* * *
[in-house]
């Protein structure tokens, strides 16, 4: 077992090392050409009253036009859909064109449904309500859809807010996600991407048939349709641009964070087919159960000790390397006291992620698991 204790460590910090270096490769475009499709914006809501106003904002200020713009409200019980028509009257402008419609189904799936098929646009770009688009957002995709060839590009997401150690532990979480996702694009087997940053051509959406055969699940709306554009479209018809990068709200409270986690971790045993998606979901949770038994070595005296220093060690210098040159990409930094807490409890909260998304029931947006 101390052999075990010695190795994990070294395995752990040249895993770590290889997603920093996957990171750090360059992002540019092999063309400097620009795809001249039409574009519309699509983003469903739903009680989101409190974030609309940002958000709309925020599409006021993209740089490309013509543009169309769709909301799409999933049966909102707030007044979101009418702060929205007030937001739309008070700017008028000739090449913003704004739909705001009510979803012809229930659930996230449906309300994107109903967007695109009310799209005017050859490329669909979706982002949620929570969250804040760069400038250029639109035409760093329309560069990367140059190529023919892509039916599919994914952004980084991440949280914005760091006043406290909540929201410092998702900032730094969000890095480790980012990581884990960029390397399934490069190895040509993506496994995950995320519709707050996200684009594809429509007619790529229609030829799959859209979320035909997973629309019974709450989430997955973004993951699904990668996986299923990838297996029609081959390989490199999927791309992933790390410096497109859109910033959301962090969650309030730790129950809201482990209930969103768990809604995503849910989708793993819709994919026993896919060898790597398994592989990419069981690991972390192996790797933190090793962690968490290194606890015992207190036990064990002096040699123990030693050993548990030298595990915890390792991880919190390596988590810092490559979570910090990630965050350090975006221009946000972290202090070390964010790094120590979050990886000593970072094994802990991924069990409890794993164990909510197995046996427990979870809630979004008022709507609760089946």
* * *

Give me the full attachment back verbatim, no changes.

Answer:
[in-house]
């Protein structure tokens, strides 16, 4: 077992090392050409009253036009859909064109449904309500859809807010996600991407048939349709641009964070087919159960000790390397006291992620698991 204790460590910090270096490769475009499709914006809501106003904002200020713009409200019980028509009257402008419609189904799936098929646009770009688009957002995709060839590009997401150690532990979480996702694009087997940053051509959406055969699940709306554009479209018809990068709200409270986690971790045993998606979901949770038994070595005296220093060690210098040159990409930094807490409890909260998304029931947006 101390052999075990010695190795994990070294395995752990040249895993770590290889997603920093996957990171750090360059992002540019092999063309400097620009795809001249039409574009519309699509983003469903739903009680989101409190974030609309940002958000709309925020599409006021993209740089490309013509543009169309769709909301799409999933049966909102707030007044979101009418702060929205007030937001739309008070700017008028000739090449913003704004739909705001009510979803012809229930659930996230449906309300994107109903967007695109009310799209005017050859490329669909979706982002949620929570969250804040760069400038250029639109035409760093329309560069990367140059190529023919892509039916599919994914952004980084991440949280914005760091006043406290909540929201410092998702900032730094969000890095480790980012990581884990960029390397399934490069190895040509993506496994995950995320519709707050996200684009594809429509007619790529229609030829799959859209979320035909997973629309019974709450989430997955973004993951699904990668996986299923990838297996029609081959390989490199999927791309992933790390410096497109859109910033959301962090969650309030730790129950809201482990209930969103768990809604995503849910989708793993819709994919026993896919060898790597398994592989990419069981690991972390192996790797933190090793962690968490290194606890015992207190036990064990002096040699123990030693050993548990030298595990915890390792991880919190390596988590810092490559979570910090990630965050350090975006221009946000972290202090070390964010790094120590979050990886000593970072094994802990991924069990409890794993164990909510197995046996427990979870809630979004008022709507609760089946």